Update (9:30 PM ET): Jordan Hicks relieved Poncedeleon to start the bottom of the eighth inning. He got Adam Duvall to pop up, but Phillip Ervin then ripped a line drive single up the middle to break up the no-hit bid.
Cardinals starter Daniel Poncedeleon made his major league debut on Monday night against the Reds in Cincinnati. He’s pitched quite well, holding the Reds hitless through seven innings. The right-hander has walked three and struck out three on 116 pitches. The high pitch count makes it highly unlikely Poncedeleon will be allowed to finish his no-hit bid.
The Cards’ offense gave Poncedeleon a run of support in the top of the sixth thanks to an RBI single by Yadier Molina. Reds starter Luis Castillo has otherwise pitched quite well himself.
At Triple-A Memphis, Poncedeleon posted a 2.15 ERA with 103 strikeouts and 48 walks in 92 innings. He was selected by the Cardinals in the ninth round of the 2014 draft. MLB Pipeline rated him as the No. 30 prospect in the Cardinals’ system.
A Cardinals pitcher hasn’t thrown a no-hitter since Bud Smith held the Padres hitless on September 3, 2001. The Reds were last no-hit on April 21, 2016 by Jake Arrieta, then with the Cubs. This season has seen three no-nos from James Paxton and Sean Manaea, as well as a combined no-hitter by four Dodger pitchers — Walker Buehler, Tony Cingrani, Yimi Garcia, and Adam Liberatore.
We’ll keep you updated as Poncedeleon and likely the bullpen attempt to navigate the final two innings. I usually use the phrase “navigate the final X innings” when I write these no-hit bid updates, but this time it certainly feels right. Juan Ponce de León was an explorer for Spain who lived between 1474-1521.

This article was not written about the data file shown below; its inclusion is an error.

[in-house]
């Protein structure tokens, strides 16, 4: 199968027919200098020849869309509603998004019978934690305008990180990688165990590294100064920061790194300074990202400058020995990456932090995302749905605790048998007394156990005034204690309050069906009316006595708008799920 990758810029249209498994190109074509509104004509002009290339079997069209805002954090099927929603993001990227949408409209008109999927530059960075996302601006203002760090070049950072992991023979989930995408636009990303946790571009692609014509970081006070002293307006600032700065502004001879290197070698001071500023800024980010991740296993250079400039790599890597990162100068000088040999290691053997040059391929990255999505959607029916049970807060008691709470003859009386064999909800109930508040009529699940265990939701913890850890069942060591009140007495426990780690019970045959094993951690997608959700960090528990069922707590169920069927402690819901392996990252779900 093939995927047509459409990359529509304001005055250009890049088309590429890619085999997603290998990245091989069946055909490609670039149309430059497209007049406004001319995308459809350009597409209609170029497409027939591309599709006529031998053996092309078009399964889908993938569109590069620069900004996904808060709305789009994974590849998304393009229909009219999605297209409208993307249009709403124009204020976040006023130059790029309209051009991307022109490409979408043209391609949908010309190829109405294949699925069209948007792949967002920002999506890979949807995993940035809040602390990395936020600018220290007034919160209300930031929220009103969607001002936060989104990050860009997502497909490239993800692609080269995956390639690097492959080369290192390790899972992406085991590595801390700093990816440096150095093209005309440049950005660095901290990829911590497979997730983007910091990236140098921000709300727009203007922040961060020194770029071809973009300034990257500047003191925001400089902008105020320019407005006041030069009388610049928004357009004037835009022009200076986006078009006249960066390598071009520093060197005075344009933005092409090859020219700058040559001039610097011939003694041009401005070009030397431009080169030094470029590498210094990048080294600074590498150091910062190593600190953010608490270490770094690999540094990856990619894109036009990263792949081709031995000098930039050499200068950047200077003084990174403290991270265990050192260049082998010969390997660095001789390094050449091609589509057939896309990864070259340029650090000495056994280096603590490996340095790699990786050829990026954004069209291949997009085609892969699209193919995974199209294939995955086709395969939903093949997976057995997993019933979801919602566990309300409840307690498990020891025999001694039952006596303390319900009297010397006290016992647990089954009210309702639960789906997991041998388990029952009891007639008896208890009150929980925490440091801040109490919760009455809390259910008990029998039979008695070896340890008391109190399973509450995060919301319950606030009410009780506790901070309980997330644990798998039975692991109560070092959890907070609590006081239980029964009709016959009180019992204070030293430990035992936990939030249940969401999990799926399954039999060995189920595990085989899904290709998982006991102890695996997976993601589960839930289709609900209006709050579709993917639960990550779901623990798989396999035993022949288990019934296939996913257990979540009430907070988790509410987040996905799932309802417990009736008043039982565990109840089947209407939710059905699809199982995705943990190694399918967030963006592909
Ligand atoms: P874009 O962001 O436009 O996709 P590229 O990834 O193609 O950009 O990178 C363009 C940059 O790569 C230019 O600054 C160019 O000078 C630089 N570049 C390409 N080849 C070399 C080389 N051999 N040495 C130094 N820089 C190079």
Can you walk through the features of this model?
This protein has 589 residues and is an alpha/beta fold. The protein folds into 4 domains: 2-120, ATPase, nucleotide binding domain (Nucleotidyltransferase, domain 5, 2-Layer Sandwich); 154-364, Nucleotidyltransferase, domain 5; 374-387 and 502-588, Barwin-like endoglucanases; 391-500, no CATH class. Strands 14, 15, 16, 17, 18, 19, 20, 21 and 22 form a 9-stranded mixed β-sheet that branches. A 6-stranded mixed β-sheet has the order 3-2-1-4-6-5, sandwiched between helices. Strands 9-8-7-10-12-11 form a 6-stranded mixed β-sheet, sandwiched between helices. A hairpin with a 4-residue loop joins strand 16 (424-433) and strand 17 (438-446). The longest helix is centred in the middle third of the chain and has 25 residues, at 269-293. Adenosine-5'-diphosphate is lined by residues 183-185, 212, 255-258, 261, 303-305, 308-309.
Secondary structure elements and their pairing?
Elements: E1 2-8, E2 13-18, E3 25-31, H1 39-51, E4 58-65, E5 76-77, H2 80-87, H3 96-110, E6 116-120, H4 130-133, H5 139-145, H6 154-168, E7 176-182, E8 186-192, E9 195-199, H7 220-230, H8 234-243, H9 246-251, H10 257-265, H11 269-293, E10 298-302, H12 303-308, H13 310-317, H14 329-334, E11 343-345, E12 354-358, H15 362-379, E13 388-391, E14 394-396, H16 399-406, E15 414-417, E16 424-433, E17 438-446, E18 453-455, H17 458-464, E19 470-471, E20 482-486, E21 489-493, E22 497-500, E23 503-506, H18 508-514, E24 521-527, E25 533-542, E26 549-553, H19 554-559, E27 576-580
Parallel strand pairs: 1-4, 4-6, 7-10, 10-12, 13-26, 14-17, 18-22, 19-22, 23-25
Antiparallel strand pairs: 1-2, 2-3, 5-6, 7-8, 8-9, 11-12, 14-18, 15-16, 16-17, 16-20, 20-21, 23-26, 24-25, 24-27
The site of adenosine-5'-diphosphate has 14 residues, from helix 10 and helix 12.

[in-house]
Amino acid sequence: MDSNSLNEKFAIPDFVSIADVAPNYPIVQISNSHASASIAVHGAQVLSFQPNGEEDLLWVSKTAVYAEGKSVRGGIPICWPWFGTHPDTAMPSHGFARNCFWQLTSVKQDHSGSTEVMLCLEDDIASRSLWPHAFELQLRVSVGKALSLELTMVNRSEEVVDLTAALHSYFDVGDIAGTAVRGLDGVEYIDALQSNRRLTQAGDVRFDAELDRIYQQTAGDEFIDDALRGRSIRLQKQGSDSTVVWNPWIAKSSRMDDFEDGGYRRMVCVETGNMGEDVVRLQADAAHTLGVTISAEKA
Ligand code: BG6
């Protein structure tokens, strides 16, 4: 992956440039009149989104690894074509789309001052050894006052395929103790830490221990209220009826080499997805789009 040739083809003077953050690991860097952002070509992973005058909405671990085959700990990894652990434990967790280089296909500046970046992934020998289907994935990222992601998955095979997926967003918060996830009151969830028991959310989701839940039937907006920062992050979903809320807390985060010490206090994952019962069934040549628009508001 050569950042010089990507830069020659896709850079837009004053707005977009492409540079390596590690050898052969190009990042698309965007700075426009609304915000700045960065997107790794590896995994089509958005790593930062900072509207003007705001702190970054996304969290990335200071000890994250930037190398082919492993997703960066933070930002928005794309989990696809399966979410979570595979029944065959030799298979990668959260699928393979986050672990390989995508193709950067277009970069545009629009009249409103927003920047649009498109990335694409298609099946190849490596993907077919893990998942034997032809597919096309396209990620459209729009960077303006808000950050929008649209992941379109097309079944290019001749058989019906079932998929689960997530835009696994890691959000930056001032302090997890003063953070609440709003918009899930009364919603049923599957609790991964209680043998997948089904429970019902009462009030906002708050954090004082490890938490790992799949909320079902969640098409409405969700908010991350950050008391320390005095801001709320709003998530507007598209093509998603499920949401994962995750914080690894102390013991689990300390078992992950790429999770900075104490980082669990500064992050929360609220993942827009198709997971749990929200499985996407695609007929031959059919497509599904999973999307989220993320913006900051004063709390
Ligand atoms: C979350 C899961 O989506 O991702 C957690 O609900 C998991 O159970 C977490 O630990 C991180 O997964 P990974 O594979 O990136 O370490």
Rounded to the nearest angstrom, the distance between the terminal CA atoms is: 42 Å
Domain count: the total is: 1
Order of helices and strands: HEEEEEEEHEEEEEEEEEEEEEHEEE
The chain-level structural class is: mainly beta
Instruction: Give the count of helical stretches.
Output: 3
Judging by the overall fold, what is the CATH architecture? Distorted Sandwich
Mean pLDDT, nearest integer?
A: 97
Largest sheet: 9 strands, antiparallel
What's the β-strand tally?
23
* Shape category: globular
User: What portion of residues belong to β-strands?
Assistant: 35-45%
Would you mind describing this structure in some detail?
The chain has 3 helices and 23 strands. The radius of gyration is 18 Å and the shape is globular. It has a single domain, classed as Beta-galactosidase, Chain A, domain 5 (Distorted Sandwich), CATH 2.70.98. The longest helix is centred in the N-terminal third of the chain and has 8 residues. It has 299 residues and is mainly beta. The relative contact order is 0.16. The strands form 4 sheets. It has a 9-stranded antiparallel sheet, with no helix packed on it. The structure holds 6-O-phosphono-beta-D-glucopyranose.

I guess this came out the day he was elected but I missed it somehow: Larry Walker is going to have a Rockies cap on his Fall of Fame plaque.
While it was once solely the choice of the inductee, for the past couple of decades the Hall of Fame has had final say on the caps, though the request of the inductee is noted. This is done to prevent a situation in which a cap truly misrepresents history. This issue arose around the time Wade Boggs was inducted, as he reportedly had a deal with the Tampa Bay Devil Rays to pick their cap on his plaque which, to say the least, would’ve been unrepresentative.
There have been some mildly controversial picks in the past, and some guys who would seem to have a clear choice have gone with blank caps to avoid upsetting the fan base of one of his other teams, but Walker’s doesn’t seem all that controversial to me.
Walker played ten years in Colorado to six years in Montreal and two years in St. Louis. His numbers in Colorado were substantial better than in Montreal. His MVP Award, most of his Gold Gloves, most of his All-Star appearances, and all of his black ink with the exception of the NL doubles title in 1994 came with the Rockies too. Walker requested the Rockies cap, noting correctly that he “did more damage” in a Rockies uniform than anyplace else. And, of course, that damage is what got him elected to the Hall of Fame.
Still, I imagine fans of the old Expos will take at least some issue here. Those folks tend to be pretty possessive of their team’s old stars. It’s understandable, I suppose, given that they’ve not gotten any new ones in a decade or two. Add in the fact that Walker played for the 1994 Expos team onto which people love to project things both reasonable and unreasonable, and you can expect that the Expos dead-enders might feel a bit slighted.
Welp, sorry. A Rockies cap is the right choice. And that’s Walker’s cap will feature.